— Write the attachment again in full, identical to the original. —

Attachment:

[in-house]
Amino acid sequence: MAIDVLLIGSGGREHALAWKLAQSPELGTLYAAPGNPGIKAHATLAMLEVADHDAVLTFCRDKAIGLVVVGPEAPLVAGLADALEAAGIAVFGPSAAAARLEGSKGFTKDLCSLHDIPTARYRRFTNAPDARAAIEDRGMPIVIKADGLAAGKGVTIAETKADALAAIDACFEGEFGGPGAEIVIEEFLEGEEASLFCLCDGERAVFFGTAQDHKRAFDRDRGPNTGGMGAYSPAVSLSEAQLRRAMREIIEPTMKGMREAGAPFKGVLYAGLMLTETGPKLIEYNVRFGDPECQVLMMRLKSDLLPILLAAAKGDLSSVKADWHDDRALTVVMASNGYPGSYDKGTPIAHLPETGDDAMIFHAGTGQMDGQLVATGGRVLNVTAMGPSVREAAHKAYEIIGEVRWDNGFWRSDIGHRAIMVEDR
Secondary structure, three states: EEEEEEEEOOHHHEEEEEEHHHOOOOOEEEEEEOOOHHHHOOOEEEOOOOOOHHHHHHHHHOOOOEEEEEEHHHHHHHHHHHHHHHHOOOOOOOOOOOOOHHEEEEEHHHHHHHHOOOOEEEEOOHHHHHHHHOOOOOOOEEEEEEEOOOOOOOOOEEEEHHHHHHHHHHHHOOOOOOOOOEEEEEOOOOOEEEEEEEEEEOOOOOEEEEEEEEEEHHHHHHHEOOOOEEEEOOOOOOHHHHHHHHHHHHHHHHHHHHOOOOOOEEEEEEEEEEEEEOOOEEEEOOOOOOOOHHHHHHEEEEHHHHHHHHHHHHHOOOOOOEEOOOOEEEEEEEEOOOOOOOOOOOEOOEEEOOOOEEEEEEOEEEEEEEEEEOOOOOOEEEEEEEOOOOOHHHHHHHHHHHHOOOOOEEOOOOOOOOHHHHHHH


[in-house]
Amino acid sequence: MAIDVLLIGSGGREHALAWKLAQSPELGTLYAAPGNPGIKAHATLAMLEVADHDAVLTFCRDKAIGLVVVGPEAPLVAGLADALEAAGIAVFGPSAAAARLEGSKGFTKDLCSLHDIPTARYRRFTNAPDARAAIEDRGMPIVIKADGLAAGKGVTIAETKADALAAIDACFEGEFGGPGAEIVIEEFLEGEEASLFCLCDGERAVFFGTAQDHKRAFDRDRGPNTGGMGAYSPAVSLSEAQLRRAMREIIEPTMKGMREAGAPFKGVLYAGLMLTETGPKLIEYNVRFGDPECQVLMMRLKSDLLPILLAAAKGDLSSVKADWHDDRALTVVMASNGYPGSYDKGTPIAHLPETGDDAMIFHAGTGQMDGQLVATGGRVLNVTAMGPSVREAAHKAYEIIGEVRWDNGFWRSDIGHRAIMVEDR
Secondary structure, three states: EEEEEEEEOOHHHEEEEEEHHHOOOOOEEEEEEOOOHHHHOOOEEEOOOOOOHHHHHHHHHOOOOEEEEEEHHHHHHHHHHHHHHHHOOOOOOOOOOOOOHHEEEEEHHHHHHHHOOOOEEEEOOHHHHHHHHOOOOOOOEEEEEEEOOOOOOOOOEEEEHHHHHHHHHHHHOOOOOOOOOEEEEEOOOOOEEEEEEEEEEOOOOOEEEEEEEEEEHHHHHHHEOOOOEEEEOOOOOOHHHHHHHHHHHHHHHHHHHHOOOOOOEEEEEEEEEEEEEOOOEEEEOOOOOOOOHHHHHHEEEEHHHHHHHHHHHHHOOOOOOEEOOOOEEEEEEEEOOOOOOOOOOOEOOEEEOOOOEEEEEEOEEEEEEEEEEOOOOOOEEEEEEEOOOOOHHHHHHHHHHHHOOOOOEEOOOOOOOOHHHHHHH